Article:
Several strategies can be employed to fight impunity. First and foremost is to try and break the vicious circle by which those in power protect themselves from prosecution. Individual lawyers, judges and prosecutors have a professional duty to expose those responsible for human rights violations. Often impunity goes hand in hand with corruption. How prosecution in the national judicial process can be improved is elaborated on the legal instruments pages.
A very special tribunal took place in November 2015 with regard to the human rights violations of 1965/66: The International Peoples Tribunal (IPT 1965). Based on a legal indictment and strengthened by testimonies of witnesses and experts, a quasi-legal procedure was carried out by a Council of Judges. These international human rights law experts concluded in their final statement that it was proven that those human rights violations as such constituted a crime against humanity. This is an important step forward towards an international procedure to come to terms with the past.
On 20 July 2016 the Panel of Judges of the IPT 1965 issued their final Verdict that also made a note on genocide. How effective this initiative will be is yet to be awaited. The Indonesian government quickly responded in the negative.
A second strategy is collecting information on human rights violations and the people who are involved - a strategy of "naming and shaming". This website tries to support that strategy by making accessible and also structuring the information. If not structured, one may easily get overrun with the many loose ends as to trial procedures, which are still pending, never started, or wait for a report. This is what I call "legalized impunity": laws and procedures of law-enforcement are flawed on purpose to make impunity possible. The perspective of "what happened" is available on the events pages in the Documentation section; the perspective of "who did what" is included in the information on the perpetrators pages, also in the Documentation section. All this information has been drawn from public sources.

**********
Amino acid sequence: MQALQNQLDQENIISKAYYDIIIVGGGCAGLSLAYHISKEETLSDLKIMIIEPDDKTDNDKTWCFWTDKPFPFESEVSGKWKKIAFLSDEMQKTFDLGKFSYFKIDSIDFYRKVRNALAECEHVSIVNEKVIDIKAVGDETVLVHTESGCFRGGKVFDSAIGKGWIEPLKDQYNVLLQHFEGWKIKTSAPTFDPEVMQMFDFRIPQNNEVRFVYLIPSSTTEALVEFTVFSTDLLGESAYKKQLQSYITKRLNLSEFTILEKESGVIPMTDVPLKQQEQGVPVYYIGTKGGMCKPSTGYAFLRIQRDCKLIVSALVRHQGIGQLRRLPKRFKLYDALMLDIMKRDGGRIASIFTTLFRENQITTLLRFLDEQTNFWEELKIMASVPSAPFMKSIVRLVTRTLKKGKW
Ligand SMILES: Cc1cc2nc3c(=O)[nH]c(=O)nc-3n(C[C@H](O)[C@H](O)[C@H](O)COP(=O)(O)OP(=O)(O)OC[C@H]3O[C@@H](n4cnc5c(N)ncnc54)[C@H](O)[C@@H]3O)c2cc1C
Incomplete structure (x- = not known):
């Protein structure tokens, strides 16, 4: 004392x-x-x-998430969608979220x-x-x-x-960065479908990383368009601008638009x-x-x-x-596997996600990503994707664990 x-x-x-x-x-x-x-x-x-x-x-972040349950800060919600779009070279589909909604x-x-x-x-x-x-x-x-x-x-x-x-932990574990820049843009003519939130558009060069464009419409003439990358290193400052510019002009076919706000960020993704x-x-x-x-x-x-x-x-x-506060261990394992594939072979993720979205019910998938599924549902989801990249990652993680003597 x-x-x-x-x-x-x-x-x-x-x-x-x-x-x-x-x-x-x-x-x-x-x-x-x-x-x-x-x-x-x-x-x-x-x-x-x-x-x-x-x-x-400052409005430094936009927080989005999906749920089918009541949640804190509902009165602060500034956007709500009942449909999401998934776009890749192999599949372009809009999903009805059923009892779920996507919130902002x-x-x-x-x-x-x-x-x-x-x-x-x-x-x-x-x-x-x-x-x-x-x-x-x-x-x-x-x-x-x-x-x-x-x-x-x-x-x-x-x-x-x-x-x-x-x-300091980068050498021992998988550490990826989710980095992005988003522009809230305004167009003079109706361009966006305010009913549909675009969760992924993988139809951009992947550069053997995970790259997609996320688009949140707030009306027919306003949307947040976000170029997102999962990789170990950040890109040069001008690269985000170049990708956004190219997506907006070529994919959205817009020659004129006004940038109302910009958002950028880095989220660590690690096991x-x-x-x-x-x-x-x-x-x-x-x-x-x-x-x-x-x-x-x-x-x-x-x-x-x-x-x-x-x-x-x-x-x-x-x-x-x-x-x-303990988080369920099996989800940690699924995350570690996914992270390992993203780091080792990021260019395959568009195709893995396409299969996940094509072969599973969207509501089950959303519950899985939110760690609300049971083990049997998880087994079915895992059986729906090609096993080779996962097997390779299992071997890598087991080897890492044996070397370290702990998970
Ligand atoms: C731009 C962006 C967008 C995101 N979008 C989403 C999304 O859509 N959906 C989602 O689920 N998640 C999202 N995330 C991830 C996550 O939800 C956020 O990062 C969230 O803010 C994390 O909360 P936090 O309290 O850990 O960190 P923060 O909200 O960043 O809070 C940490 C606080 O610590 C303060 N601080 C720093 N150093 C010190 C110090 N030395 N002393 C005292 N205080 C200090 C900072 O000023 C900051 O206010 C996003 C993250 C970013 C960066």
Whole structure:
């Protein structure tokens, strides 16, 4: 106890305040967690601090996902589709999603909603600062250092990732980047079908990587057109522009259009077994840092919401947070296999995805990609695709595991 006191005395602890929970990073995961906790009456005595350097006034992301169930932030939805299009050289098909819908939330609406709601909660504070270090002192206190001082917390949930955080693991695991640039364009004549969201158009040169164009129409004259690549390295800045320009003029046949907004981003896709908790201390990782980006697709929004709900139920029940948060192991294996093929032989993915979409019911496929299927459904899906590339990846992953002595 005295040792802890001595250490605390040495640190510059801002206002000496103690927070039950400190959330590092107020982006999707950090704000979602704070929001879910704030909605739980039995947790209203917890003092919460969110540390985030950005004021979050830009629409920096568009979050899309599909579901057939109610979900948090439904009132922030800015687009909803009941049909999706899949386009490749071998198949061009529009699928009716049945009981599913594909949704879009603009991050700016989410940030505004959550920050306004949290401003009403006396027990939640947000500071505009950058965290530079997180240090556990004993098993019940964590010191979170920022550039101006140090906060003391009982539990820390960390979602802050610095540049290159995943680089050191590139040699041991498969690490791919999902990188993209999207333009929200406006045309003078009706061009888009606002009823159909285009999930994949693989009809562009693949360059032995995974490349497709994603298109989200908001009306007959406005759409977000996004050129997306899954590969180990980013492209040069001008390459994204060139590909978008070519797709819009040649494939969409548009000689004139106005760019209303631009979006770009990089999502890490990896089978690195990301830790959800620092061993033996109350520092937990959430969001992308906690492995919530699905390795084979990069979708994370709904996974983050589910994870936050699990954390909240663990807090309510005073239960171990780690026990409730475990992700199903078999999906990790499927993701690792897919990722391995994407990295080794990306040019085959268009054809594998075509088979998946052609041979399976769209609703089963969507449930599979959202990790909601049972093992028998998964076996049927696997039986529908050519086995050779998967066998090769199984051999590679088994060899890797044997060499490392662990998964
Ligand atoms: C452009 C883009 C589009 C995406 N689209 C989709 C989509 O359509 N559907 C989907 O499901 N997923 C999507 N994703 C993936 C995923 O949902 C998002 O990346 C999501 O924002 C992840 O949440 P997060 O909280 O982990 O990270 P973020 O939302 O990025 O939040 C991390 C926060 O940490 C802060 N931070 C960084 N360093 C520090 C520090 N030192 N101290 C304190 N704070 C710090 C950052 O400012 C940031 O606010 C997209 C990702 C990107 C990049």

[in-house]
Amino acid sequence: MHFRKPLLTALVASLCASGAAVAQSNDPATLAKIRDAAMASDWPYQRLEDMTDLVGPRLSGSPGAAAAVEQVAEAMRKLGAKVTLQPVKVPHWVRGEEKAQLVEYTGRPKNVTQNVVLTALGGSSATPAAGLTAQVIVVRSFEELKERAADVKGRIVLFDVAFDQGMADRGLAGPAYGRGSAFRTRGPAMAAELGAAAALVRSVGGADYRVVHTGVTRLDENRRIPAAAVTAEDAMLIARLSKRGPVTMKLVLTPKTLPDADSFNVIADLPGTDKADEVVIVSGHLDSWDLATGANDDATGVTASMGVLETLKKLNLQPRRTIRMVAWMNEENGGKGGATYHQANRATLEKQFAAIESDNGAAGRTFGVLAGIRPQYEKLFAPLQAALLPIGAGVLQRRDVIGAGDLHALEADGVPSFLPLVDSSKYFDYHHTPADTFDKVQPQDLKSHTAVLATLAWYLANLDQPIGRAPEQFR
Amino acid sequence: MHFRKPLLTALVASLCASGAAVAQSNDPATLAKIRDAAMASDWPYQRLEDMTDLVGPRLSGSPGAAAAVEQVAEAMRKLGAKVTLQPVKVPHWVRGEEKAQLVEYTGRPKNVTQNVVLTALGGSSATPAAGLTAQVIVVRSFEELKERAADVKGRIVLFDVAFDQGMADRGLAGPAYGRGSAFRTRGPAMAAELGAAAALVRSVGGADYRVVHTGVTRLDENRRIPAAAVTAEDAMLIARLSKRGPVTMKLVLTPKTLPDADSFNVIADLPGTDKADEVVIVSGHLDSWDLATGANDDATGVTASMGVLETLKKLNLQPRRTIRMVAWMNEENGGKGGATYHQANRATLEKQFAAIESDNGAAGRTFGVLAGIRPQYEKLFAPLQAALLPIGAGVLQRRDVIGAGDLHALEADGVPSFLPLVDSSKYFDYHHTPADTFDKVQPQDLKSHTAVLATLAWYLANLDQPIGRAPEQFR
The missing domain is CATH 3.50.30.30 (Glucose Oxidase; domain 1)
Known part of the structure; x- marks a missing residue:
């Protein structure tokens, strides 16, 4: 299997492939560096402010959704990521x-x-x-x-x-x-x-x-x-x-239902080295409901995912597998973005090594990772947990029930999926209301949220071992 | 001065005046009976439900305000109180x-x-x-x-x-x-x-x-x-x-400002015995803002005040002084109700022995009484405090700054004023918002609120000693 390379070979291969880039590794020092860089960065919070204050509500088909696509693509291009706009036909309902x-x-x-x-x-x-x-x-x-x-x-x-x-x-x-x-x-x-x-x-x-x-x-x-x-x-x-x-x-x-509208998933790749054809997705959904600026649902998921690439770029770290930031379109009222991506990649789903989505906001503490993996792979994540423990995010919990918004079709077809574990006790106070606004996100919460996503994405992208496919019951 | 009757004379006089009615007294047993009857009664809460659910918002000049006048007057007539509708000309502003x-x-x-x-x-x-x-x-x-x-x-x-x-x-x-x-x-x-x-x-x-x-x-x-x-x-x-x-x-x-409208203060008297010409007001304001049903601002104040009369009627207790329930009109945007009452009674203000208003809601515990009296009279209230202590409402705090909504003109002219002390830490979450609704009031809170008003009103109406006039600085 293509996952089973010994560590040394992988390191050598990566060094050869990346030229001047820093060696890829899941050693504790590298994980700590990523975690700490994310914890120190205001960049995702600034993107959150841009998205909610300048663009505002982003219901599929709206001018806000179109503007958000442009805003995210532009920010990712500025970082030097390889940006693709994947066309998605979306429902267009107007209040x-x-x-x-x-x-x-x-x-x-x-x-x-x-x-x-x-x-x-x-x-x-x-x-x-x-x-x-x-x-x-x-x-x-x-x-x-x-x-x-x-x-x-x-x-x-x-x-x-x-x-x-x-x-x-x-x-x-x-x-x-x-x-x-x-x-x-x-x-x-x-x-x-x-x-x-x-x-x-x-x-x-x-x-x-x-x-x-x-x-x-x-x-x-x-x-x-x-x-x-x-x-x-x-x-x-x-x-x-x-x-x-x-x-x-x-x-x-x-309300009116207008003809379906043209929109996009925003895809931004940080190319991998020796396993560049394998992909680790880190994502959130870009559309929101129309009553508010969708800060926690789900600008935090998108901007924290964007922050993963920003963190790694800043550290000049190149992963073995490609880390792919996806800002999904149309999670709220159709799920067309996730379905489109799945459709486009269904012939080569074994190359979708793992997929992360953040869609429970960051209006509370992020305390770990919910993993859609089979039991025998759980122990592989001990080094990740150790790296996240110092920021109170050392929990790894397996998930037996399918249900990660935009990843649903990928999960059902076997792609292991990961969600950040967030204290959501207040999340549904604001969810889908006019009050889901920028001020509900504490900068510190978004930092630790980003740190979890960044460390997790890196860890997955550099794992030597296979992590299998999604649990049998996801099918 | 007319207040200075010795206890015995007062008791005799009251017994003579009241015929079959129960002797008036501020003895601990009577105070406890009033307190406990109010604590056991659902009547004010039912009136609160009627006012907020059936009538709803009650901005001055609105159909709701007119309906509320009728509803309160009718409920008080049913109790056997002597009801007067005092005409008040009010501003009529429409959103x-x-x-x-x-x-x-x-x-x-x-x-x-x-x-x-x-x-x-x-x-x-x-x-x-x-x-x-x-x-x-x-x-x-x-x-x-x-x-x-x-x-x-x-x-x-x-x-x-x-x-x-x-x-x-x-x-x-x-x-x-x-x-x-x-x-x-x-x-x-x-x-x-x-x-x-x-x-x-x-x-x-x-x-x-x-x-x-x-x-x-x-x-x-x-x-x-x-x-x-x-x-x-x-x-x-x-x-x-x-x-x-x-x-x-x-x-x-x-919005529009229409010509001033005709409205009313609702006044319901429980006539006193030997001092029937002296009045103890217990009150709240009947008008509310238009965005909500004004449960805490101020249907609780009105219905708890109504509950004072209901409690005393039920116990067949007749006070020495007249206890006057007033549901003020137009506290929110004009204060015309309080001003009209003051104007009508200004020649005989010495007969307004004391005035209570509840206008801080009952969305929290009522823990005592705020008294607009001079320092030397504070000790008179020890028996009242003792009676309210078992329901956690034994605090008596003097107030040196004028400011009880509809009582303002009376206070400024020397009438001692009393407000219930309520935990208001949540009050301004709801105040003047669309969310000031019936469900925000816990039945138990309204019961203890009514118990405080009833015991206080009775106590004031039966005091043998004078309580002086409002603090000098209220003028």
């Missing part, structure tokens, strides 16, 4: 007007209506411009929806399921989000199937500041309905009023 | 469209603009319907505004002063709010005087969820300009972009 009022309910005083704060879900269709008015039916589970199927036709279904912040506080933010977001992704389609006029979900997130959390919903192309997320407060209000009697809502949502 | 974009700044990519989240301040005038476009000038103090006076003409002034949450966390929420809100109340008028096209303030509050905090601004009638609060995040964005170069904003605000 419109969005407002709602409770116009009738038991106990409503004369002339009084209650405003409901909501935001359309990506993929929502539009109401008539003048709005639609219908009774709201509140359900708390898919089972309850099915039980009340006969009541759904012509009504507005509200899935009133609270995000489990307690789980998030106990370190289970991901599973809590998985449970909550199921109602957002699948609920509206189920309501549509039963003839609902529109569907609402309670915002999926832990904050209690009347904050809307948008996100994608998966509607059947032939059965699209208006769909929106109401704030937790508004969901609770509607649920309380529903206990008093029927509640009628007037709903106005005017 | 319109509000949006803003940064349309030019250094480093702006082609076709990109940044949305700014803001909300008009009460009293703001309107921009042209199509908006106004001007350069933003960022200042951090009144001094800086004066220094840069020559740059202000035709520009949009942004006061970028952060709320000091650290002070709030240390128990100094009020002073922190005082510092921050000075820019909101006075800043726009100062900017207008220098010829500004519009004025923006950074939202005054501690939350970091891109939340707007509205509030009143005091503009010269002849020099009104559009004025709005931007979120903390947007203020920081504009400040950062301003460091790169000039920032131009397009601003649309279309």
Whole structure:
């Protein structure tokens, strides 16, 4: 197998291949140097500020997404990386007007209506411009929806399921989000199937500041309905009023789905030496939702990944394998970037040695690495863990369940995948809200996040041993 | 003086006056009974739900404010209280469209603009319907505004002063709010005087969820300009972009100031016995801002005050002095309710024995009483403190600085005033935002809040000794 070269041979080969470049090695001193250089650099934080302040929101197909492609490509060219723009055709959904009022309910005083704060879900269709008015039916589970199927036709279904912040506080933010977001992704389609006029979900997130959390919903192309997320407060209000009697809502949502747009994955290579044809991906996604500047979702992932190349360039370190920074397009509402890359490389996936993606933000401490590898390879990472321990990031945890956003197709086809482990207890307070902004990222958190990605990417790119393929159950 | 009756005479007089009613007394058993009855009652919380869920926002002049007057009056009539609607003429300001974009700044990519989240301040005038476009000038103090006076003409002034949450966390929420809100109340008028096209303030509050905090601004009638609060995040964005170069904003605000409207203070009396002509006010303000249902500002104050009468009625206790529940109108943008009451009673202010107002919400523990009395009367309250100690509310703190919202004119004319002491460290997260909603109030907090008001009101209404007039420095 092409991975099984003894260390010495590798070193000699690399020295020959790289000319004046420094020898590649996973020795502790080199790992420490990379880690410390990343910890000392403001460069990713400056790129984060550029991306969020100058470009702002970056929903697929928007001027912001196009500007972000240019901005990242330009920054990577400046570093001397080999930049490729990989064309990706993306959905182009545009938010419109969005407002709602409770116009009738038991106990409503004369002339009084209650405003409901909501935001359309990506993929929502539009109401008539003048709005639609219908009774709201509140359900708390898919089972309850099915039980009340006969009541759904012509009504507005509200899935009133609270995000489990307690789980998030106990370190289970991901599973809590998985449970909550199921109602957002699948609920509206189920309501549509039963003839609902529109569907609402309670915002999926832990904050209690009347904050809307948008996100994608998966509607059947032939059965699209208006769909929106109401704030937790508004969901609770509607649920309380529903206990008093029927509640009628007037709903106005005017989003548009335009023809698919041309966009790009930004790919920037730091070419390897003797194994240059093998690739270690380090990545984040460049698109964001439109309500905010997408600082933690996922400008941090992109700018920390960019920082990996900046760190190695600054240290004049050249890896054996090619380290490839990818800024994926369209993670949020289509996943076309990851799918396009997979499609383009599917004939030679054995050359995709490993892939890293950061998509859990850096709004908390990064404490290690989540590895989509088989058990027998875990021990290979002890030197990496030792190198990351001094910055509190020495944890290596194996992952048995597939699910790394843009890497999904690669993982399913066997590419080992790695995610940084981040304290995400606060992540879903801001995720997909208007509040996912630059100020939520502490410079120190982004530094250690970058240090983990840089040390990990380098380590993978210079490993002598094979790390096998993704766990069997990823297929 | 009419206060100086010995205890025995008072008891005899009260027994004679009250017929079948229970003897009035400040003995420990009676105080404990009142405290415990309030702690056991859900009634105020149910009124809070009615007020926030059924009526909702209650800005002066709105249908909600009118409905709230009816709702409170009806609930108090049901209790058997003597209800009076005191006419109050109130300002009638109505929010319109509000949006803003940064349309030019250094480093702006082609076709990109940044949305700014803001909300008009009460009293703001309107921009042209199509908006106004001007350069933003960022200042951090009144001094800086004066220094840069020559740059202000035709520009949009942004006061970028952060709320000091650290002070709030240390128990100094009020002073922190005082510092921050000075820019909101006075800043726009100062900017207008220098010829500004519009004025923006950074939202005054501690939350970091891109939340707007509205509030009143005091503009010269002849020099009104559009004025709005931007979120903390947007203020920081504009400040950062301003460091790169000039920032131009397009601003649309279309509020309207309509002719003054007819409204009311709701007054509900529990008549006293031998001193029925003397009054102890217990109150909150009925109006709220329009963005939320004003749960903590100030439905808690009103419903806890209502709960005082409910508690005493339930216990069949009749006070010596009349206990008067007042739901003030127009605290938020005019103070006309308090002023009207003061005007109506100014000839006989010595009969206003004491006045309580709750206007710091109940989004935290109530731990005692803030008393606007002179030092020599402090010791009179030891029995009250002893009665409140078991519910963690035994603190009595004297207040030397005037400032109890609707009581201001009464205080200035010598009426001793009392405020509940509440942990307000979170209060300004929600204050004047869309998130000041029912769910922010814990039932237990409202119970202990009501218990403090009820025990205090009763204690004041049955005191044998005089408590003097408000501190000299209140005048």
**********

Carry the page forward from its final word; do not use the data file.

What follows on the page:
A third strategy is invoking international human rights law and international procedures. Lacking a special procedure in the context of the United Nations, efforts for invoking the international procedures have to fit into existing monitoring processes, for instance under the International Convention on Civil and Political Rights. Another international opportunity is the Universal Periodic Review in which the human rights situation in a country is scrutinized by other states every four years (http://www.upr-info.org/en) More about these possibilities is to be found on the legal instruments pages.
The monitoring procedures under the different Treaties and Conventions all have their specific opportuinties and limits. The Member-state has to report every two or four years to the independent Committee. At the same time a "shadowreport" is drafted by non-governmental organsations, which is often opposed to the government's vision. The Committee considers both and formulates conclusions that the government will be obliged to apply. Impunity may be tabled under the right to fair trial, the indepenence of judges, etc.(http://www.ohchr.org/EN/HRBodies/SP/Pages/Welcomepage.aspx)
Under international law it has been agreed that impunity concerns the lack of judicial or other prosecution following serious human rights violations such as torture, extra-judicial executions, enforced disappearances and slavery. This implies a limit to those four types of violations for all instruments that can be invoked under international law. It means also that diplomatic interventions will be limited to impunity after those four types of violations (usually called integrity rights, because the violate the integrity of the body). (http://www.ohchr.org/EN/Issues/TruthJusticeReparation/Pages/InternationalInstruments.aspx)